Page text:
By: Brady Kirkpatrick at Gunmade.com
5.56×45 vs. .300 Blackout is one of those topics that can spark a massive debate in your gun circle. When you compare an old reliable like the 5.56×45 against a round that hasn’t seen half as much conflict, you’re going to raise someone’s blood pressure.
You and I will talk about a few points that are often brought up and what I think. If that matters, anyway.
Anyhow, let’s get into this 1v1 of the 5.56×45 vs. 300 BLK
Usage In Personal Defense: Which Round Does The Job Better?
Or more effectively. That’s one of the main debate topics when comparing these two rounds. Which one is more accurate? Which one hits harder?
Which one is just better all around?
Unlike modern news channels, I’ll give you some details and let you decide.
Let’s think of the makeup of the 5.56×45 for a minute.
5.56×45 is a small rifle caliber with the same diameter as a .22 Long Rifle. It was developed in the 1950s to replace the 7.62×39 due to stability and weight issues. It was designed to be fast and accurate out to 500 yards, and lightweight, allowing personnel to carry more.
Oh, it wasn’t given the 5.56×45 name until it entered service. You know how the military is.
Anyway, it accomplished all of that. And it’s been in service longer than most of us have been alive. Oddly enough.
But 5.56×45, being a .22 caliber round, can have problems with stopping power and penetration and the ability to be suppressed effectively. So, the .300 Blackout was born.
.300 Blackout is much larger, much heavier, and works great in smaller barrels (as it was designed to) as small as nine inches.
You know what that’s great for? Special Operations. Or any unit working in close proximity. And if you want to run a suppressor on your rifle and truly want to be quiet, .300 BLK subsonic rounds are significantly quieter than 5.56×45 when suppressed.
More importantly, the .300 Blackout has a higher amount of stopping power than the 5.56×45.
With the .300 Blackout, you have a round that can do everything that the 5.56×45 does now but better.
And it works with AR-15/M4 parts. One of the conditions that needed to be met when the .300 BLK was developed. So you don’t have to go buy new parts outside of a barrel, barrel extension (chamber), and bolt carrier group. That’s pretty much it.
You save money there…
But the caveat to .300 BLK is the price per round compared to 5.56×45. Unless you buy crap ammo like Winchester White Box, you’re paying north of one dollar per round. And if you’re a measly gun writer like me, that’s not economical.
As someone who likes to have enough ammo to arm the eastern seaboard, stockpiling .300 Blackout is not a good idea for someone like me.
But that may be feasible for you.
What About On The Civilian Side?
.300 Blackout was made for special operations units and other units that need as much stopping power as possible in order to get the job done. And sometimes has to be quiet. They don’t have to worry about price per round or anything like that.
That’s what ‘taxes’ are for. Or so they say.
On the other hand, we do have to worry about price per round. Yes, I know we talked about that a minute ago, but I firmly believe that .300 Blackout can be the next great combat round IF the price is lower.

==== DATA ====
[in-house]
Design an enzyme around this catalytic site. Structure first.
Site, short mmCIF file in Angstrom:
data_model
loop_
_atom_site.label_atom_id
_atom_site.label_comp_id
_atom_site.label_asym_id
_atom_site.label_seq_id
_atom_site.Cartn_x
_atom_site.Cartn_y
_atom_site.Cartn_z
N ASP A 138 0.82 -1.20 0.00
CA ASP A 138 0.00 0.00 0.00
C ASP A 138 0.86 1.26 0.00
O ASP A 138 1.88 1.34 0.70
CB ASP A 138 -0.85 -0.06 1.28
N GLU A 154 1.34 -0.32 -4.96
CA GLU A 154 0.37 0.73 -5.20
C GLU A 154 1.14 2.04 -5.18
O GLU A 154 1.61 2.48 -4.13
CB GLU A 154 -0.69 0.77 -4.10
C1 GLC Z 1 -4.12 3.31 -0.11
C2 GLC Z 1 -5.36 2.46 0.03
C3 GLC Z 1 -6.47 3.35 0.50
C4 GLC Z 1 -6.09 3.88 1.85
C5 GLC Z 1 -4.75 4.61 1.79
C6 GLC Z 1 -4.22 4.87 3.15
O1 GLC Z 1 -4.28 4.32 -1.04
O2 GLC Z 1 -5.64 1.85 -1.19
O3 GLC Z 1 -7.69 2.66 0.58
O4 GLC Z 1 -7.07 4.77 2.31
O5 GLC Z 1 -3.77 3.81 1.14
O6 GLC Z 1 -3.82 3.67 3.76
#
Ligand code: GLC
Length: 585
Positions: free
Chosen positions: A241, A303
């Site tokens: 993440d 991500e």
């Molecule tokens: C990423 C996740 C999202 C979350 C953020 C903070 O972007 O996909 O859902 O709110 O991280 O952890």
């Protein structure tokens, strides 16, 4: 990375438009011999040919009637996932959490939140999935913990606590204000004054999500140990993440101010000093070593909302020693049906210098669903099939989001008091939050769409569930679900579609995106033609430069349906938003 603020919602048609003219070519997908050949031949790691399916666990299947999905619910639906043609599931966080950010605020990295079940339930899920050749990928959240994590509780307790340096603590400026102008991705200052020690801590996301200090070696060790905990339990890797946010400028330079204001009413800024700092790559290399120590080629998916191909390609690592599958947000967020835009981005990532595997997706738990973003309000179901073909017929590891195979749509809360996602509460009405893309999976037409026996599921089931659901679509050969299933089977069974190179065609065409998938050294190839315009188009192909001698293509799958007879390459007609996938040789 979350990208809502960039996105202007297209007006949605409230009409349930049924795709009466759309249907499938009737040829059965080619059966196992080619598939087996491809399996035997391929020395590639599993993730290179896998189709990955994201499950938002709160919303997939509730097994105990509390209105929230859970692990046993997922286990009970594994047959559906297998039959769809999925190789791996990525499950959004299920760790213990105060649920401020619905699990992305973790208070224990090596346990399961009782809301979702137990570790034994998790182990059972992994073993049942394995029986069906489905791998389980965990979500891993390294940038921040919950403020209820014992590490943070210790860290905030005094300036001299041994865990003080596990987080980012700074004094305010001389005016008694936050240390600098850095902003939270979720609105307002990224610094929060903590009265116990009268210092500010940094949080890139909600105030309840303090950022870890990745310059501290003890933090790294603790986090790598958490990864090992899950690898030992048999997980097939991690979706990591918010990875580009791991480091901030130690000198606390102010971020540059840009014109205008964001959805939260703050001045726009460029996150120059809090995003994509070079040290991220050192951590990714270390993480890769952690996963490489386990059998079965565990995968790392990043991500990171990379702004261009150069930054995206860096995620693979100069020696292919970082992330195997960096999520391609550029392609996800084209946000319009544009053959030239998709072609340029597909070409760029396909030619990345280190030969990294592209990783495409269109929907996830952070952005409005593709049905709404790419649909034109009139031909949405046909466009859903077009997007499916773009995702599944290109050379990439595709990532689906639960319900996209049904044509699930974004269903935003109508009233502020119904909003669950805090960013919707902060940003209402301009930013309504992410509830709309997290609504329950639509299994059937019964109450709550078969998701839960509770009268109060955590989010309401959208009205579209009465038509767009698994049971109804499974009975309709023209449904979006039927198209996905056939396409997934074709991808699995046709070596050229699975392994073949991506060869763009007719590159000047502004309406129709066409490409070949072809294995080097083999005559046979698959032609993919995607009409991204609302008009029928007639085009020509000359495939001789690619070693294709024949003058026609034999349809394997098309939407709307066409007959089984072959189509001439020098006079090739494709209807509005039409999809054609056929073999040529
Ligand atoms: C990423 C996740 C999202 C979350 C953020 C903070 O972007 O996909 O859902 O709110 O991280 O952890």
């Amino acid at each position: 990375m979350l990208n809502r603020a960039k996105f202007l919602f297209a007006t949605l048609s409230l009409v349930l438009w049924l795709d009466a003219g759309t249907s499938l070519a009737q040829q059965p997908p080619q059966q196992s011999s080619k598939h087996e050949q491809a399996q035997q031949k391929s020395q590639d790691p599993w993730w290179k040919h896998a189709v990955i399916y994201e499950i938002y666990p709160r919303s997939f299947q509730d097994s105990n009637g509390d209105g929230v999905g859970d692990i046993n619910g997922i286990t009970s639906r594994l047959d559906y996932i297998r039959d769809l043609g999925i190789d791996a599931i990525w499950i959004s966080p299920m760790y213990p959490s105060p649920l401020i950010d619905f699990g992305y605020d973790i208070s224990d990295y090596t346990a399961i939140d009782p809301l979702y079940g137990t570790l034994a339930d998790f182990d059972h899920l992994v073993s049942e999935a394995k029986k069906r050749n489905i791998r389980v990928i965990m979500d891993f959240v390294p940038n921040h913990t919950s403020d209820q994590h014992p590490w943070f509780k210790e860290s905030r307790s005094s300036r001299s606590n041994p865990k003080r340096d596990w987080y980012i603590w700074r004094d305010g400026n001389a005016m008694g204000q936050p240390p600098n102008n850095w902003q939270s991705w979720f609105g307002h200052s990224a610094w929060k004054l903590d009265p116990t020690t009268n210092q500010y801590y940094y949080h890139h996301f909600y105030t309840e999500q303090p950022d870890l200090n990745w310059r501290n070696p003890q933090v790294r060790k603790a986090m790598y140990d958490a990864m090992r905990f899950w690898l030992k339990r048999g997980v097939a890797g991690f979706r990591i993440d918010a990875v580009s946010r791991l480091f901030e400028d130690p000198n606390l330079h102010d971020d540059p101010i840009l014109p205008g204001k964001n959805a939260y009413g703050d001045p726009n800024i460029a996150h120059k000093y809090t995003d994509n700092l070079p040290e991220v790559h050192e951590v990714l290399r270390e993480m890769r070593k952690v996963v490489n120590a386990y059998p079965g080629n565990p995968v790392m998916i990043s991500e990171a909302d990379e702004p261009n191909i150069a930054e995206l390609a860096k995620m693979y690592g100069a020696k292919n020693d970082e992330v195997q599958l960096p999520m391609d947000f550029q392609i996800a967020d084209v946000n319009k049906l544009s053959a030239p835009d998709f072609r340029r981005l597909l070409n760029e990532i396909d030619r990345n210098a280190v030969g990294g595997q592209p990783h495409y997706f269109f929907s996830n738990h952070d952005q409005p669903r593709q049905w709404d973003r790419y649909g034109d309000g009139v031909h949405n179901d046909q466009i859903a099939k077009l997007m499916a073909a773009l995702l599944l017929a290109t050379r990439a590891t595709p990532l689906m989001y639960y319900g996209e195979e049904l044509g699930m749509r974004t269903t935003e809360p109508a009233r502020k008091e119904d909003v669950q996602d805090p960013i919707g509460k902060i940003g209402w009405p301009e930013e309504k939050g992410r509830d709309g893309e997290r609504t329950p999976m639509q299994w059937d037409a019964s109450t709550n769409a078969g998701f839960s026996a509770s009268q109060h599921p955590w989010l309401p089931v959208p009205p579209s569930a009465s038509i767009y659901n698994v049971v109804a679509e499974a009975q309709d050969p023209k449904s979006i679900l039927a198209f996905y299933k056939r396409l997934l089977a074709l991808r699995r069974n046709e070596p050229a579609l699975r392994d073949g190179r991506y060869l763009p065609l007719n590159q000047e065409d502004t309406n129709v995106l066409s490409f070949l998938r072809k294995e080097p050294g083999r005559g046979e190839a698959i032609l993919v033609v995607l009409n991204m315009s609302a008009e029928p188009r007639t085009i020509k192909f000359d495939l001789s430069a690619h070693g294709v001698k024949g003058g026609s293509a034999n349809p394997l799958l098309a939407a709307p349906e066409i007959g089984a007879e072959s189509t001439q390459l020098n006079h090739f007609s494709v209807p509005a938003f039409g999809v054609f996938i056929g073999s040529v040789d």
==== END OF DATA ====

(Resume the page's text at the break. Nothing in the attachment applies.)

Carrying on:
A good training day includes hundreds of fired rounds. And training should be frequent.
So unless you can afford it, you’re going to be shooting yourself into the red every time you train. Don’t get me started on the price of subsonic rounds.
That makes 5.56×45 the more economical choice, especially if you train frequently.
On the other hand, if you can afford to stockpile .300 Blackout, you’re in the green. While I don’t usually recommend a high-power round for home defense due to the penetration capabilities.
But that’s where the cost per round balances out some. Remember, 5.56×45 sometimes has issues with stopping power on the first shot, especially if the intruder or attacker is under the influence of drugs.
It may take three, maybe four shots of 5.56×45 to incapacitate the attacker. Whereas with .300 Blackout, the big .30 caliber entering the body will put that attacker down much quicker.
At the time of writing this, 5.56×45 costs about 60 cents or more per round. Multiply that by three or four, and we get similar costs more. Why shoot four times when you can shoot once? Hopefully, you’re wise enough to have a can on it, though.
.300 Blackout is loud in close quarters. But definitely effective in short-quarter engagements.
The most important part of comparing two rounds is how well they do their intended job. When you compare .300 Blackout and 5.56×45, it’s clear to see which round does the job better.
Neither is a long-distance round. They’re both made for close to mid-range engagements and to be used out of a single-man firearm. As we can see, .300 BLK does that job better than 5.56×45 when suppressed and unsuppressed.
And that’s important. 5.56×45 is still extremely loud when suppressed. Subsonic 5.56×45 is a great way to turn your semi-auto AR-15 into a bolt-action in no time.
Of course, this is my opinion. In the same way, I clown the 5.7×28 because it couldn’t replace the 9mm when it came out in the early 90s. It had one job. At least .300 Blackout has a purpose, unlike 5.7×28.
Anyway, you take care and be good.